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Koehl et al.

a few optical elements, almost no beam alignment steps, and little or no

searching for signal location.

All of the advances discussed here have evolved quite recently,

and their exploitation is far from complete. For example, experiments on

phonon-polaritons in other classes of materials such as semiconductors, thin

films, and multilayer assemblies will be improved and facilitated by the use

of these methods. Coherent optical control and manipulation of phononpolaritons with spatially and temporally shaped excitation fields has only

just begun, with the use of spatiotemporal imaging to direct the excitation

field parameters. This may lead to the use of phonon-polaritons as coherent

signal carriers for terahertz bandwidth signal processing applications. In

addition, ISRS-excited phonon-polaritons provide a source of conveniently

tunable terahertz frequency radiation that emerges from the crystal in which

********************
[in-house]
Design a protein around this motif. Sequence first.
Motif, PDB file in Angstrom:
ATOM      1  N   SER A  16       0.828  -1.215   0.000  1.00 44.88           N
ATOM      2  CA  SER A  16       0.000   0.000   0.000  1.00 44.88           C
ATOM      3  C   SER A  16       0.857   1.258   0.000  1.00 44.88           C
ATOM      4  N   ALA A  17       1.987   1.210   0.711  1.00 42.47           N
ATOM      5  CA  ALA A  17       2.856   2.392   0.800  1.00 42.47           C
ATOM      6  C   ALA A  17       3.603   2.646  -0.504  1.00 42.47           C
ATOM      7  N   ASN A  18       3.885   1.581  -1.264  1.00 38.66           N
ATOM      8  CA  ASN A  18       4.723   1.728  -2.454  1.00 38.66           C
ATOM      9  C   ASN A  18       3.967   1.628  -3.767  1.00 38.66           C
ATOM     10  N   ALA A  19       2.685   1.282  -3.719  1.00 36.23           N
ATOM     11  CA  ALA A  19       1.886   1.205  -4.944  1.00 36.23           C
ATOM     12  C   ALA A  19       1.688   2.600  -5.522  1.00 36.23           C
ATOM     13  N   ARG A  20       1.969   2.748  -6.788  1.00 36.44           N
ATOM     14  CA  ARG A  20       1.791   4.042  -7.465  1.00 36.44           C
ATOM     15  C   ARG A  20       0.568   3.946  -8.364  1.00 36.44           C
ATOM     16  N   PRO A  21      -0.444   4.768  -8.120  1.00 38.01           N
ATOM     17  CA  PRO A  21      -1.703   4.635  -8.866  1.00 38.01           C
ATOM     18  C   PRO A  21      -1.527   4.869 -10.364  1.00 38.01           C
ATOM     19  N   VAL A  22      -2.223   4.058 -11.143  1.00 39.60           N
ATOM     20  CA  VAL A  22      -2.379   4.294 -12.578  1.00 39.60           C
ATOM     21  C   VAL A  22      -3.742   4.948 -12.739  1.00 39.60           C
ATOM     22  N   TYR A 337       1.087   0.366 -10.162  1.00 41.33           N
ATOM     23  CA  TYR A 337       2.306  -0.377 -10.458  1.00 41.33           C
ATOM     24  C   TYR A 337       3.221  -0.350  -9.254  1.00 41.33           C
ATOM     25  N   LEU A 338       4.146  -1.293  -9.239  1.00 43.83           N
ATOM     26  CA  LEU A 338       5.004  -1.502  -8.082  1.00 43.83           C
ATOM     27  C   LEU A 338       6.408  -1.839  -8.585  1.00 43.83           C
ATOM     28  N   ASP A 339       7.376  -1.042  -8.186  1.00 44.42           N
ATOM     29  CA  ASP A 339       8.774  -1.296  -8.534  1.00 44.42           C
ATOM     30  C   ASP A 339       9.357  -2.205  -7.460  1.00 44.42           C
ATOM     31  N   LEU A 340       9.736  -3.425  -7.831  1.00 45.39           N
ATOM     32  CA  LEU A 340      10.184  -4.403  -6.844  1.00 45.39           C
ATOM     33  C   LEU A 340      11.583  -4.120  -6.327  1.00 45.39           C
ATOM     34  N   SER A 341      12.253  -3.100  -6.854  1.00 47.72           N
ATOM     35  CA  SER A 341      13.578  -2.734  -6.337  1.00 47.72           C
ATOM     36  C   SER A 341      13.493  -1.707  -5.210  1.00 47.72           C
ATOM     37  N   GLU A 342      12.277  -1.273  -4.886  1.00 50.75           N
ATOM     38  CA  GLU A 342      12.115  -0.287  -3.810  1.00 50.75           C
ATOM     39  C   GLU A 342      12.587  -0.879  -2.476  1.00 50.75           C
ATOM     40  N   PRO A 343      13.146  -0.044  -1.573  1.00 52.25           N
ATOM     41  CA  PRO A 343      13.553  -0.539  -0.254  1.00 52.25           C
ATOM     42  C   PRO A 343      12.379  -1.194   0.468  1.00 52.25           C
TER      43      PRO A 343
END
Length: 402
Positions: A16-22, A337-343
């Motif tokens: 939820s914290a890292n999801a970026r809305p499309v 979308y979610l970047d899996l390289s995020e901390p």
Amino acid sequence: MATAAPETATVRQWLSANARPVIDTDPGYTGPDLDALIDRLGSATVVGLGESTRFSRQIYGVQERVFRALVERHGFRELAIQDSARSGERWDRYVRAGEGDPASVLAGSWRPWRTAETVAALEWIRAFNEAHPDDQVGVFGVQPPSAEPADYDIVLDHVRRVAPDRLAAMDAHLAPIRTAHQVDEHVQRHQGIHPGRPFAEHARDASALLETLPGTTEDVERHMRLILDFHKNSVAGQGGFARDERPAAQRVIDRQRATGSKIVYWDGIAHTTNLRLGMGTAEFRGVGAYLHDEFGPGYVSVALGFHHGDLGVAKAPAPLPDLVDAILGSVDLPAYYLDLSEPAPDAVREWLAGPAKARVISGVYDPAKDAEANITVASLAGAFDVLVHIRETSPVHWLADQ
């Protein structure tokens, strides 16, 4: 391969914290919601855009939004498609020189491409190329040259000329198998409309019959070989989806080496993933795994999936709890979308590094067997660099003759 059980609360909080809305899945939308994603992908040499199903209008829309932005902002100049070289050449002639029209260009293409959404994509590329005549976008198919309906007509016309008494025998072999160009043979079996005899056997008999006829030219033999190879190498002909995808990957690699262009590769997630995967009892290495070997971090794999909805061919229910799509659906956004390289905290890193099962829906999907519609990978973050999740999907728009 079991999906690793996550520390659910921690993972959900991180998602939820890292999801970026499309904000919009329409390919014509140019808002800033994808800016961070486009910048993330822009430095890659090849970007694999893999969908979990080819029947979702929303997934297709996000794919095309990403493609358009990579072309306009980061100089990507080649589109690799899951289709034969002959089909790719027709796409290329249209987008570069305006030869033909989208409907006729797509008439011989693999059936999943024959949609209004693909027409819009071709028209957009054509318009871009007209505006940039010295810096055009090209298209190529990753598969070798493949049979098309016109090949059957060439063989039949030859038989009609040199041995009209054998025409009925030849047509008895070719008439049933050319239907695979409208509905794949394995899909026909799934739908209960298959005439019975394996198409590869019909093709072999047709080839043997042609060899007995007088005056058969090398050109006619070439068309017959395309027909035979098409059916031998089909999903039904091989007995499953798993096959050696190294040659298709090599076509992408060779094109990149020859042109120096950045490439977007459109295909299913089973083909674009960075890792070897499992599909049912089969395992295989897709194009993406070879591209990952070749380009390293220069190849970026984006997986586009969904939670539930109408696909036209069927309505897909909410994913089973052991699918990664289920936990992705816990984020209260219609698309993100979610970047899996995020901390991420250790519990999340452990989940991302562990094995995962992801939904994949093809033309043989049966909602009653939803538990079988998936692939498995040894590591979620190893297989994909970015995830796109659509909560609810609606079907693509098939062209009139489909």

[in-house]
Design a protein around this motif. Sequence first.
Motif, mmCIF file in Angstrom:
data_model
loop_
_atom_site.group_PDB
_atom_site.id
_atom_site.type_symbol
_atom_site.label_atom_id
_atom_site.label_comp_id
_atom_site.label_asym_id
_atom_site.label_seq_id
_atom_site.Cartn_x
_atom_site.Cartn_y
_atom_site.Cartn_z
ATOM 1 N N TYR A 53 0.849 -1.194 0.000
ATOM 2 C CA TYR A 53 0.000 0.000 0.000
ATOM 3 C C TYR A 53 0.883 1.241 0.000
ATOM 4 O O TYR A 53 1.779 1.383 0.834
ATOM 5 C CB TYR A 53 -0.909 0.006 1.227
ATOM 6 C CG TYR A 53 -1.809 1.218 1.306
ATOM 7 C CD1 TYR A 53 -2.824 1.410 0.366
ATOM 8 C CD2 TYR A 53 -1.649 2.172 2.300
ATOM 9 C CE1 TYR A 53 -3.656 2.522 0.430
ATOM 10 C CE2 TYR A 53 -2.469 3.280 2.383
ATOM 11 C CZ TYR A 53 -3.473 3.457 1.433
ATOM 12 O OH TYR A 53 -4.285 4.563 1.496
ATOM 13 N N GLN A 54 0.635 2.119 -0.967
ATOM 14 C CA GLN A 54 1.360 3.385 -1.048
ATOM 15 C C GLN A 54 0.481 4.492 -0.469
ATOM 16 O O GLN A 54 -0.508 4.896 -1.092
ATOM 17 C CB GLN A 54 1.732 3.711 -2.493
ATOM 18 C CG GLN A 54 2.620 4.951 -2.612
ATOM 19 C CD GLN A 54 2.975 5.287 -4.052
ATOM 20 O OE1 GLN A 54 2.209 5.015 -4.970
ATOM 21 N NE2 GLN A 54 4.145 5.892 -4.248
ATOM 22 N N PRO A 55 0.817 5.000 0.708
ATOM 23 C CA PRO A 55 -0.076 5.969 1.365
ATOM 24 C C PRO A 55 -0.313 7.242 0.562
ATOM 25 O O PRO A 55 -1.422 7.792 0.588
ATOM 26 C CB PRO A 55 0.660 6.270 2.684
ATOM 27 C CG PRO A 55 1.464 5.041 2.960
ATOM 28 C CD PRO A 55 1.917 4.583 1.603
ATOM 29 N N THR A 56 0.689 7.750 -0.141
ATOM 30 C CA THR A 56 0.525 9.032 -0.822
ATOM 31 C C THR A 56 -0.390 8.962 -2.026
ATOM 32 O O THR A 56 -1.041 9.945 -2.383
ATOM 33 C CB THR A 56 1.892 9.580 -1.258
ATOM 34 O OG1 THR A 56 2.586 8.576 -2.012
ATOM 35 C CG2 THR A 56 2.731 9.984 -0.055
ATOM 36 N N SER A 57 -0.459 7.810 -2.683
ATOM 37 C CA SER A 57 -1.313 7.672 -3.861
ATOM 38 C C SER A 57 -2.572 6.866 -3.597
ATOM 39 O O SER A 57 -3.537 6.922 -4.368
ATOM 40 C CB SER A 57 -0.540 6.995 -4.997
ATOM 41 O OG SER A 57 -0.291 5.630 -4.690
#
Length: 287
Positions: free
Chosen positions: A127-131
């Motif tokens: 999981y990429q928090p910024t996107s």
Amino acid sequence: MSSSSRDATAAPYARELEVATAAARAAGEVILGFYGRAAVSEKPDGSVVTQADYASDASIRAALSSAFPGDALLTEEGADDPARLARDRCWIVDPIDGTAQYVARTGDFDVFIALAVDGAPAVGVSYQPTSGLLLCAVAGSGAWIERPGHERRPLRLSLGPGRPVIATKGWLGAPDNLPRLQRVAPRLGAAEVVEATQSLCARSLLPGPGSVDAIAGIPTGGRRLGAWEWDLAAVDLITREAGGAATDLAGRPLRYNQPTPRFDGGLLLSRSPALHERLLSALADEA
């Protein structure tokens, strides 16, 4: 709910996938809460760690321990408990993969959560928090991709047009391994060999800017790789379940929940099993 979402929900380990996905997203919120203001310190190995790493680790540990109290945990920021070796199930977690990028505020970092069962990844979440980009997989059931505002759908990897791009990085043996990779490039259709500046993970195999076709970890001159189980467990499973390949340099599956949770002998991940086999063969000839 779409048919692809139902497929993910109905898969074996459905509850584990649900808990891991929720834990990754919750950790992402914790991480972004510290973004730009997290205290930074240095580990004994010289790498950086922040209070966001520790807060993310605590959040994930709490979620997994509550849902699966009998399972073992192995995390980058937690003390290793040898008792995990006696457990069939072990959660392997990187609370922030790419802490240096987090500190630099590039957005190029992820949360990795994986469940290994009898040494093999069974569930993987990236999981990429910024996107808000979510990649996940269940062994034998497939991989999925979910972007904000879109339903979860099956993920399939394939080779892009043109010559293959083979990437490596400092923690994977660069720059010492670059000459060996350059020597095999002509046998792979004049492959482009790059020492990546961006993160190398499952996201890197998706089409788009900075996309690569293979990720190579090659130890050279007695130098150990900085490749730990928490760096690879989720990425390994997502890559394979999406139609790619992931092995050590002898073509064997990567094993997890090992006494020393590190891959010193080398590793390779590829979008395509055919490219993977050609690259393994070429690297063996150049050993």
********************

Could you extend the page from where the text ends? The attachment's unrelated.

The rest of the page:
it was produced. Such radiation has been passed through a sample and

detected optically after reentry into the crystalline medium, permitting

frequency-tunable, narrowband terahertz spectroscopy through the use of

visible light, an extremely compact apparatus, and no far-IR optics (28).

Finally, the methods reviewed here have related applications

in acoustic wave excitation and monitoring and in transient grating

measurements in general. Extremely facile delivery of excitation and probe

beams to the sample, detection of signal, and switching among excitation

wavevectors have simplified transient grating experimentation to the level

of pump-probe transient absorption measurements. At the same time,

capabilities for high wavevector definition, linearization of the signal with

respect to the material response, assessment of grating spatial phase, and

separation of different signal components including those from phase and

amplitude grating contributions have improved and added to the information

content that can be extracted.

The recent advances are bringing about a broadening of the transient

grating experimental user community and the range of areas under study,

as well as a deepening of the knowledge that can be gained in each area.



The equations of motion describing the transverse optic phonon and electromagnetic modes (modeled as oscillators with charged masses, whose

displacements lie along the x direction and whose wavevectors lie mainly

along the y direction in the yz plane), their coupling, and their responses

Copyright © 2001 by Taylor & Francis Group, LLC

Lattice Vibrations


to light are as follows (7,19,2931):